We couldn't copy his fielding since in that era he was pretty much a one off who could slide and save the ball going past him. In fact, his fielding was equally thrilling as his batting. There were some outstanding fielders in the 60s, Rusi Surti, Chandu 'Panther' Borde, Abbas Ali Baig and the off-side was like the wall of China which could hardly be breached by the opposition batsmen.

What was remarkable was how he could bat with just one eye and how he could catch so well in the covers or in the slips. Just imagine if he had two eyes.  The other extraordinary thing was that he did not have any kit of his own or if he did then he seldom got it to the ground.

So he would pick up the nearest gloves and bat at the door and walk out to bat and still score runs. In those days players didn't get dozens of bats from their sponsors but had to buy them so the person whose bat he had taken would watch with his heart in his mouth, but if he got runs which he usually did then that same person would be boasting that it was with his bat that he had got the runs.

What an era
The 60s was the glamourous age of Indian cricket. There were these good looking guys like him, Jaisimha, Engineer, Budhi Kunderan, Abbas Ali Baig, Hanumant Singh, Salim Durani to name a few and as budding cricketers we would hear stories about their exploits off the field, how they were dating and wooing great looking women and in turn being wooed by film stars and models. It added to their legend.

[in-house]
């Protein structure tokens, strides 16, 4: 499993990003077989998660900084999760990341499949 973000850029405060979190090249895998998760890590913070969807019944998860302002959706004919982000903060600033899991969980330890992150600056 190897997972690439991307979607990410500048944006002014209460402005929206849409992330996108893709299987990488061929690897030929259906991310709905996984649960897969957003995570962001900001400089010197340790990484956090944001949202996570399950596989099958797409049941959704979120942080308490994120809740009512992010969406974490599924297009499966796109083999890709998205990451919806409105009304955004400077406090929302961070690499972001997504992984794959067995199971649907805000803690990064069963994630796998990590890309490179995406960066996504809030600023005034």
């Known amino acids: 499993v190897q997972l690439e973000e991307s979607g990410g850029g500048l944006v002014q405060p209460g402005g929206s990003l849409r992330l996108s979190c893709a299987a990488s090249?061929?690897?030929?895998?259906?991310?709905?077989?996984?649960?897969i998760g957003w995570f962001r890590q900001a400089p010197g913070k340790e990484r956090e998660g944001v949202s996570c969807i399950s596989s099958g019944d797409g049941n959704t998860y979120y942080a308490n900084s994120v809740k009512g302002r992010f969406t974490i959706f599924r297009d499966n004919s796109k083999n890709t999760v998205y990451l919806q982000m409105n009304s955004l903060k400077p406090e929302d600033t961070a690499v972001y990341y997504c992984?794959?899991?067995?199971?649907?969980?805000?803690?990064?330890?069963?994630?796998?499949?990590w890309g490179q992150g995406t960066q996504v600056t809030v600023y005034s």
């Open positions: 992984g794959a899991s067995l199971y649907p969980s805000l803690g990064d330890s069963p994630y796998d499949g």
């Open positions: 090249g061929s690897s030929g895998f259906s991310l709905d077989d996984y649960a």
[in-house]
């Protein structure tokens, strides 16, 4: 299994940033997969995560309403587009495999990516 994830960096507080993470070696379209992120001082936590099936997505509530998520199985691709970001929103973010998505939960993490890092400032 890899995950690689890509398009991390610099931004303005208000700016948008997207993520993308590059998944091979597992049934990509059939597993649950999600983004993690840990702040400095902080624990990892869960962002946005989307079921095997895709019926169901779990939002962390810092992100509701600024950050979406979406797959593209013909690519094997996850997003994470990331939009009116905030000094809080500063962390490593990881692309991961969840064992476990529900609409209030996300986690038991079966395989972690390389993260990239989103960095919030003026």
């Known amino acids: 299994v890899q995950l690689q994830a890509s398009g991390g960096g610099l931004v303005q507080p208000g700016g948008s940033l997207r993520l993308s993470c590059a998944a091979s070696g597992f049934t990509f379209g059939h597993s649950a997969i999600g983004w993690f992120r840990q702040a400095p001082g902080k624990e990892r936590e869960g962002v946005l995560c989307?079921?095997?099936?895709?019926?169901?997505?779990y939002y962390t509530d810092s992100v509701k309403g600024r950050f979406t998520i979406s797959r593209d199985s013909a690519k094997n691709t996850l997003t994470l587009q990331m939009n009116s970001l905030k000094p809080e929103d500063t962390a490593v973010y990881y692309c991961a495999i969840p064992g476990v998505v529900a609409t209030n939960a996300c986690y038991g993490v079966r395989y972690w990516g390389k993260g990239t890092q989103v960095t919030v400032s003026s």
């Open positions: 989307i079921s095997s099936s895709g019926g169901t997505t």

His fear of flying was known to all and if he could get to the venue by train or road he would prefer that mode of travel, but of course, to go overseas he had to fly and from the time he checked in, he would fortify himself with some stiff ones.

He was the one who proposed that I should be his vice-captain for the 1974-75 series against the West Indies and on the eve of the first Test he along with Raj Singh came to inform me of that but true to Indian crickets ways  I was asked  to keep quiet about it. That's why when he got injured taking a steepler of a catch and had to leave the field there was confusion for an over till confirmation came in from the selectors that I was to lead the team.

He retired after that series and kept his distance from the game and it was Indian cricket's loss that he wasn't brought in to give his vast experience and expertise. He dabbled in the media but his heart really wasn't in it. Sitting with him in the Governing Council meetings of the IPL once again brought out the one-liners as he  made observations about the way the meeting was going.

He will be terribly missed for he brought class and panache to anything that he did and even after his retirement there was a mystique about him  and nobody apart from his family could perhaps say that they really knew him.

Oh, by the way, he did not answer my question, but just looked up and then got up, so we never found out how to address him and despite knowing him all these years I still don't know what to call him.
RIP, skipper, captain, Nawabsaab, Pat,  Tiger. There will never be another like you.